Codes and Frequencies
METRO reports whether the household was located inside or outside a Metropolitan Statistical Area (MSA). Households inside an MSA are further classified by whether they were located in the central city of the MSA. Households outside an MSA are further classified by farm or nonfarm status.
Information on whether the household was located within an MSA was added by the National Center for Health Statistics, not collected from respondents.
In the original NHIS public use files, for 1982 forward, information about whether a non-MSA household was classified as "Nonfarm" or "Farm" was included in the same variable that reported location inside or outside a central city for MSA households. Prior to 1982, these two pieces of information were in two different variables in the original public use files. In IPUMS NHIS, for years prior to 1982, the information was all included in a single variable via supplemental programming to increase comparability over time.
The "NCHS Definitions" section of the National Center for Health Statistics website provides the following information about classifications for place of residence for the survey:
The NCHS Definitions webpage further notes that "the largest city in an MSA is always a central city." Households coded as "MSA, not in Central City" are located in any part of an MSA that is not part of the central city itself. Households coded as "Not in MSA" are in all other places in the country except MSA's.
Only households in areas that were classified as "rural" were at risk of being classified as farms. For 1969-1981, a rural household was classified as a farm if: 1) it was located on 10+ acres that yielded $50+ from the sale of crops, livestock, and other farm products; or, 2) it was located on less than 10 acres that yielded $250+ from the sale of crops, livestock, and other farm products. Beginning in 1982, a farm was any rural household that yielded $1,000+ from the sale of crops, livestock, and other farm products. These definitions of a farm basically matched those adopted in the 1960 and 1970 censuses and in the 1980-2000 censuses, respectively. Survey respondents supplied the information whether the size of the place that the household owned or rented was 10 or more acres (for 1969-1981) and about whether the sale of farm products during the past 12 months reached a specified threshold ($50, $250, or $1000).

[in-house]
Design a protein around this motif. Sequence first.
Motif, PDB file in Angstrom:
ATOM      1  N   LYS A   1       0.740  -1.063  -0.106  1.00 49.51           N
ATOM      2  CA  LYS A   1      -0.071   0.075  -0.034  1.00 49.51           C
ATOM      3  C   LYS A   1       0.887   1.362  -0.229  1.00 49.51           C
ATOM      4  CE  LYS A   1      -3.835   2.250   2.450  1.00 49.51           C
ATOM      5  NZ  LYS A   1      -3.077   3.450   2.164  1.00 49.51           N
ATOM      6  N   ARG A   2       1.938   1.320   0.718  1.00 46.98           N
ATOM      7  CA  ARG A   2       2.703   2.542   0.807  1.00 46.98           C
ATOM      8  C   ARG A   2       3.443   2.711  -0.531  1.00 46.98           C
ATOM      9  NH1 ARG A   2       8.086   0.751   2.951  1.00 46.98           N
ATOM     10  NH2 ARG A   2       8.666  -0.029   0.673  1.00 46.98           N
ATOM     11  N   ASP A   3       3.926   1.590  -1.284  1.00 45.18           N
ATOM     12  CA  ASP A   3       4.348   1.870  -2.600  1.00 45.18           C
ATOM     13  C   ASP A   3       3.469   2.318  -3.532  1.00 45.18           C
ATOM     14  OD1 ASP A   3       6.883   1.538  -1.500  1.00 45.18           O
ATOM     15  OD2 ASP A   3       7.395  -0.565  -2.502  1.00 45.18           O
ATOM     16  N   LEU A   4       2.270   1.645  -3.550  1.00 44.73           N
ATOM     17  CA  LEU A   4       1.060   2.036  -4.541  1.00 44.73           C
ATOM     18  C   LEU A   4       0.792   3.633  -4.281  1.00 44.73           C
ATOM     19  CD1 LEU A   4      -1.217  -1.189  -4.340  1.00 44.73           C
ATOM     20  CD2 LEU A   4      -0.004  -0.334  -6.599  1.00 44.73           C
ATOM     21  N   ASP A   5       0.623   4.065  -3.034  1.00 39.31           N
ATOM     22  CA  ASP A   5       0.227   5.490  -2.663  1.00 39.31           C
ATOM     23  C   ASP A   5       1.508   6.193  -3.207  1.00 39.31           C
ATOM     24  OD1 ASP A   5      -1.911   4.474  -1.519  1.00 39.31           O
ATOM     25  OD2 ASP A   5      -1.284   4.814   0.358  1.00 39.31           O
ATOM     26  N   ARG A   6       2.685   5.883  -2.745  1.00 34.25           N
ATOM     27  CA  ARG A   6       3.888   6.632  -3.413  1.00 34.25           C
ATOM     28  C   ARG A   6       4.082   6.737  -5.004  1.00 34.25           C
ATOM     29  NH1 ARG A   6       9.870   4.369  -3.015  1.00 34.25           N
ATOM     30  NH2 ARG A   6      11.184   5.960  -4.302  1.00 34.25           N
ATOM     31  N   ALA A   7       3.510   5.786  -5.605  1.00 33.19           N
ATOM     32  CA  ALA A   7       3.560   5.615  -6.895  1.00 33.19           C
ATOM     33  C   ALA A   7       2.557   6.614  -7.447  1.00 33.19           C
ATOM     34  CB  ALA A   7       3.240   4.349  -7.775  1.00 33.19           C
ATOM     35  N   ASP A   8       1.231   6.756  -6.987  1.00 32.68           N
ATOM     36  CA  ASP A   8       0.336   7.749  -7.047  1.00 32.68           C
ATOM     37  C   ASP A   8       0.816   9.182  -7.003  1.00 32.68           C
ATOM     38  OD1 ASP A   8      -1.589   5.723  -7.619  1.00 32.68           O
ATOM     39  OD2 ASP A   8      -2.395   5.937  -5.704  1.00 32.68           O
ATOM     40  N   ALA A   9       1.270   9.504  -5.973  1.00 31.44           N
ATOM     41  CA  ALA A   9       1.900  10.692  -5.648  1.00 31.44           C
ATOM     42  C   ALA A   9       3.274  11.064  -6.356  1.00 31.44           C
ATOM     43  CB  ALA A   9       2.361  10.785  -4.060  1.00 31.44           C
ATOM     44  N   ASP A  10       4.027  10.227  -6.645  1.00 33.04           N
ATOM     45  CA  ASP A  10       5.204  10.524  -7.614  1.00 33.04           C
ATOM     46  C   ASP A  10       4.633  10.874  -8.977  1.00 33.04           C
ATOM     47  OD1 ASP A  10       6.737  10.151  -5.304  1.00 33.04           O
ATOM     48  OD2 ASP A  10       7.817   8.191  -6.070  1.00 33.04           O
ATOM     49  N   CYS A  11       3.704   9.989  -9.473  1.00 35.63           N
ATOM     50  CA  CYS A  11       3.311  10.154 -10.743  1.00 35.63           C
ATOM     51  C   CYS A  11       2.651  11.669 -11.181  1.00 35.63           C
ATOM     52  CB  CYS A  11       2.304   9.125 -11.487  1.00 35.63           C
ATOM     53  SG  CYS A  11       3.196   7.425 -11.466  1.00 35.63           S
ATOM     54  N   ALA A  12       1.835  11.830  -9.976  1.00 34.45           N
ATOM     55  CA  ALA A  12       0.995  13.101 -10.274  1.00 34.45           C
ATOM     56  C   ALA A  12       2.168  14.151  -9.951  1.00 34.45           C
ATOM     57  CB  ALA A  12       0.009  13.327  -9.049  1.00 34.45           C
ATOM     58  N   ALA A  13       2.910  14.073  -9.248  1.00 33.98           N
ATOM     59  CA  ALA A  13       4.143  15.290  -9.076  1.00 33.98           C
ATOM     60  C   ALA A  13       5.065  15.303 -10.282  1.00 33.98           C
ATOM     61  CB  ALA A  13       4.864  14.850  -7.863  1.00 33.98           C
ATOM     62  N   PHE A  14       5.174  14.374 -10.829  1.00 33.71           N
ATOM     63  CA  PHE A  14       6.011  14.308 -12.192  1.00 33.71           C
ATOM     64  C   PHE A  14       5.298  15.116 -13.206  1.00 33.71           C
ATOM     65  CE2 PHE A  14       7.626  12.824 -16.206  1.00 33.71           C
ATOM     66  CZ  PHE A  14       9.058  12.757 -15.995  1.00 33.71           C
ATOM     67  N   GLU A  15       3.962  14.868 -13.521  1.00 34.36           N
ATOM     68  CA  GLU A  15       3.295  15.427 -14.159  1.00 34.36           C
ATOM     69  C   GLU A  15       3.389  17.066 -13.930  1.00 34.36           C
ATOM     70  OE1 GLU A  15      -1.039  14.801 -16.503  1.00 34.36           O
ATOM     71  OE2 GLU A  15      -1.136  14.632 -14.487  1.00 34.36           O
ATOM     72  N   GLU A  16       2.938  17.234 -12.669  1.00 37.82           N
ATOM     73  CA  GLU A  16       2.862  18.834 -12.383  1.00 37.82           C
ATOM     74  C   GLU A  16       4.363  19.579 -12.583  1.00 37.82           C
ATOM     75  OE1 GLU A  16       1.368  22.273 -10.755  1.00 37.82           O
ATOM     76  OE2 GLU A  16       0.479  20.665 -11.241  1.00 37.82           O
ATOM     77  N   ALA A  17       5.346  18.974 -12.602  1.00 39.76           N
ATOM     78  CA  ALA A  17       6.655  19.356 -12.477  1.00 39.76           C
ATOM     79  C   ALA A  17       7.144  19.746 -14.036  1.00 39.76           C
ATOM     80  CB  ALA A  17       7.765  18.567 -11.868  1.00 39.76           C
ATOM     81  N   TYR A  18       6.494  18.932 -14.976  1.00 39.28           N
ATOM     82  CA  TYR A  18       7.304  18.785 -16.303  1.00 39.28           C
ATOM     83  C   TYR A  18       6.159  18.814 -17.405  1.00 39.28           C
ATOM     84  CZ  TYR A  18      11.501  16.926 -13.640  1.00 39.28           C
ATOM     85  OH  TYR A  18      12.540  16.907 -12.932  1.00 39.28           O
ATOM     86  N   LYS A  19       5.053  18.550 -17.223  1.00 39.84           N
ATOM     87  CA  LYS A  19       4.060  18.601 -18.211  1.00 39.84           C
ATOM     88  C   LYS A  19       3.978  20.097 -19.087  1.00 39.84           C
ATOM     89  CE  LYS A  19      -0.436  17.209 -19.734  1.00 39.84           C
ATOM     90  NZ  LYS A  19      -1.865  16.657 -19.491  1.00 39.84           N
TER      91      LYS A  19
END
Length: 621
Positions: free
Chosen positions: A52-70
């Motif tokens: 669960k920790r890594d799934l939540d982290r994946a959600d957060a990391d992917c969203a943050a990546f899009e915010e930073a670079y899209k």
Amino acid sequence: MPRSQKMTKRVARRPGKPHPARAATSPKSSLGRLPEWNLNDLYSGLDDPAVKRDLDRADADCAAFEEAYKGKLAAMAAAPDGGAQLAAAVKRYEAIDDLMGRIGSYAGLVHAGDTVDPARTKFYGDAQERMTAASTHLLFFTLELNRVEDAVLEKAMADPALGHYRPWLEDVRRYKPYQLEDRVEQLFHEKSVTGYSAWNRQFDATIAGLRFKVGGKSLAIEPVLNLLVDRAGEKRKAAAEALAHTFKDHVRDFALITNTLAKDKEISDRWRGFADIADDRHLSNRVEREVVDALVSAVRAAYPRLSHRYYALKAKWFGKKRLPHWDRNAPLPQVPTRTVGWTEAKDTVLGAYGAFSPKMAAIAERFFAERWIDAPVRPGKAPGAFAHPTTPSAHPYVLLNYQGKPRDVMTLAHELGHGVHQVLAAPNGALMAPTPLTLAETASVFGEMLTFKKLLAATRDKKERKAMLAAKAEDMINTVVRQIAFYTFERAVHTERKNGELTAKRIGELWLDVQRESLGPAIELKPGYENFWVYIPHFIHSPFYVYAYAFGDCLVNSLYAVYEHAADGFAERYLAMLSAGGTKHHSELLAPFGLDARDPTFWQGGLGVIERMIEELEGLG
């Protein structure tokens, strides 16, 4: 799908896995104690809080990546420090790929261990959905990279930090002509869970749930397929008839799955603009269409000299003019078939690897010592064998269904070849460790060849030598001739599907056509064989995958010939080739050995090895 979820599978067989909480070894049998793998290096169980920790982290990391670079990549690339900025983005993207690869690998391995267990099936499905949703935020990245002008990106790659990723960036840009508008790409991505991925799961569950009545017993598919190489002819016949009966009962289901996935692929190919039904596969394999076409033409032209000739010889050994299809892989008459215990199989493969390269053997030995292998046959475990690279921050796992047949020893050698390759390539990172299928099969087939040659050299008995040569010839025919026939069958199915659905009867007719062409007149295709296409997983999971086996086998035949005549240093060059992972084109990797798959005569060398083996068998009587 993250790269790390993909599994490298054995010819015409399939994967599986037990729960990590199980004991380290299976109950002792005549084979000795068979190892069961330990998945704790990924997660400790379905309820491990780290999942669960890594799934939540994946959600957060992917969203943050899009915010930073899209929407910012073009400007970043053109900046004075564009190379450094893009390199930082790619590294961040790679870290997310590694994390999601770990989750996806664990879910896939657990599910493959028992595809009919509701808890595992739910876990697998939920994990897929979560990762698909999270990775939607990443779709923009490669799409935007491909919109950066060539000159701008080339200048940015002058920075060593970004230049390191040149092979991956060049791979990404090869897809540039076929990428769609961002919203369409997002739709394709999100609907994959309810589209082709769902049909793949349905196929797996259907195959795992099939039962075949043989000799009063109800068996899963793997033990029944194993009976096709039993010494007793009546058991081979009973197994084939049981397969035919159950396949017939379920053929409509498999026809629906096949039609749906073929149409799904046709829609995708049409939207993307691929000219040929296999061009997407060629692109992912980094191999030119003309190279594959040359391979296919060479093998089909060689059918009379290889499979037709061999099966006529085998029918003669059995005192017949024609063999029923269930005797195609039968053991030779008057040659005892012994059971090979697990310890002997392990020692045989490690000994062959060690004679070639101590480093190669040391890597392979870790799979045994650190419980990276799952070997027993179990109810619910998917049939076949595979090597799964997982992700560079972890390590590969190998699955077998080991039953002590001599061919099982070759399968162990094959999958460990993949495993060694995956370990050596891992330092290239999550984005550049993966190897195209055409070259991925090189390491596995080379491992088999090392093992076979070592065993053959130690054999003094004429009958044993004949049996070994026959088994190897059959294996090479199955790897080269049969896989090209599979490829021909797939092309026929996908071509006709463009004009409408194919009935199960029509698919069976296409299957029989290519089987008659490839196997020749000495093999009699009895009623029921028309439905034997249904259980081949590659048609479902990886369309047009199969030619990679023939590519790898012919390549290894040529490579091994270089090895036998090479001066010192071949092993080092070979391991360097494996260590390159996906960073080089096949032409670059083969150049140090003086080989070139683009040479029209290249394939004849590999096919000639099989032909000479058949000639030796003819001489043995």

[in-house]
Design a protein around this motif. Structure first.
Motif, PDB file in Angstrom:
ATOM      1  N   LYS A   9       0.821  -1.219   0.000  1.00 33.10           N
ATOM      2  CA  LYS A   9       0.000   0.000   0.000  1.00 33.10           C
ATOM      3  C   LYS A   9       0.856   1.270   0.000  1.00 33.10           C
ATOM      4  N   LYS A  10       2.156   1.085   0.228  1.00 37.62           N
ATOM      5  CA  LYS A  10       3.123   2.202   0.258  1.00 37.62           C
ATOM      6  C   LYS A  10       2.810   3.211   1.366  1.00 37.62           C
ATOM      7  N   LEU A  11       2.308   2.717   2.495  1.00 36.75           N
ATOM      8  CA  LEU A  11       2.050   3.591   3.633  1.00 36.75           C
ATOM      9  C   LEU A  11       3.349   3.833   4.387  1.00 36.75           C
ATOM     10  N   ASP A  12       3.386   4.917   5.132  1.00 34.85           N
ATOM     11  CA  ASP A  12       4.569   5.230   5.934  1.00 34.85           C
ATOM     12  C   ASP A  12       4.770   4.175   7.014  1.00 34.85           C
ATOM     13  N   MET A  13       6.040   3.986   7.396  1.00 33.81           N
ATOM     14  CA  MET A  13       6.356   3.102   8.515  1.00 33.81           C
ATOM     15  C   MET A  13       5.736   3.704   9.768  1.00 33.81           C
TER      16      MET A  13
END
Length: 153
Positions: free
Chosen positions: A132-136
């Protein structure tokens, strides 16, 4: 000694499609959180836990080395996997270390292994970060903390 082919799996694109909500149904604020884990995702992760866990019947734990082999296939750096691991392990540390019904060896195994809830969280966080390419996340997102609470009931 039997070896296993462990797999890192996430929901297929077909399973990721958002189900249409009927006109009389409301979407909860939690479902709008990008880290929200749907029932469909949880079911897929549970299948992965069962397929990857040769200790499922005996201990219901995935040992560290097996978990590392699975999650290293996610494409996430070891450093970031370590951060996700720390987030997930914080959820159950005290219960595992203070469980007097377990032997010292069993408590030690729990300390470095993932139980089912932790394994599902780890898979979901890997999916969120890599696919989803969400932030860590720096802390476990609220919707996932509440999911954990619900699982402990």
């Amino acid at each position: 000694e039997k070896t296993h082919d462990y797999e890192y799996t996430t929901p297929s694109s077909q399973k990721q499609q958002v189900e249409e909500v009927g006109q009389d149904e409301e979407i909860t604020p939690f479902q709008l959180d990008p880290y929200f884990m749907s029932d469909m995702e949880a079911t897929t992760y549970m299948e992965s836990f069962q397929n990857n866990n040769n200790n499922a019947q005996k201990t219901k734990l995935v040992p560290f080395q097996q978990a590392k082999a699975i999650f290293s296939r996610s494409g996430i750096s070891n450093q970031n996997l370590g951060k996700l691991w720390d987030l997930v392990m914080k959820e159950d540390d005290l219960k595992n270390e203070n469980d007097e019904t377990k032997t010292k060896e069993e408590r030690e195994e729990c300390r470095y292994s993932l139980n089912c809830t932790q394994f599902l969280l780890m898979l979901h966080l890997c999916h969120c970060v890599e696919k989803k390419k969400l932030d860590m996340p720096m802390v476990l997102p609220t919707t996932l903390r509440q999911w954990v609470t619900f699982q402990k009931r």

Non-interview households are those in which the dwelling was unoccupied or in which the residents were either absent or refused to participate in the survey.
This variable is largely comparable over time.
As noted in the description of this variable, the definition of metropolitan population prior to 1995 was based on the OMB's 1983 definition using the 1980 census; the definition of metropolitan population for 1995 forward was based on the OMB's 1993 definition using the 1990 census. As also noted, the criteria for "farm" status changed in 1982.
- 1963-1996: All households.
- 1963, 1966-1967, 1969-1996 : HHWEIGHT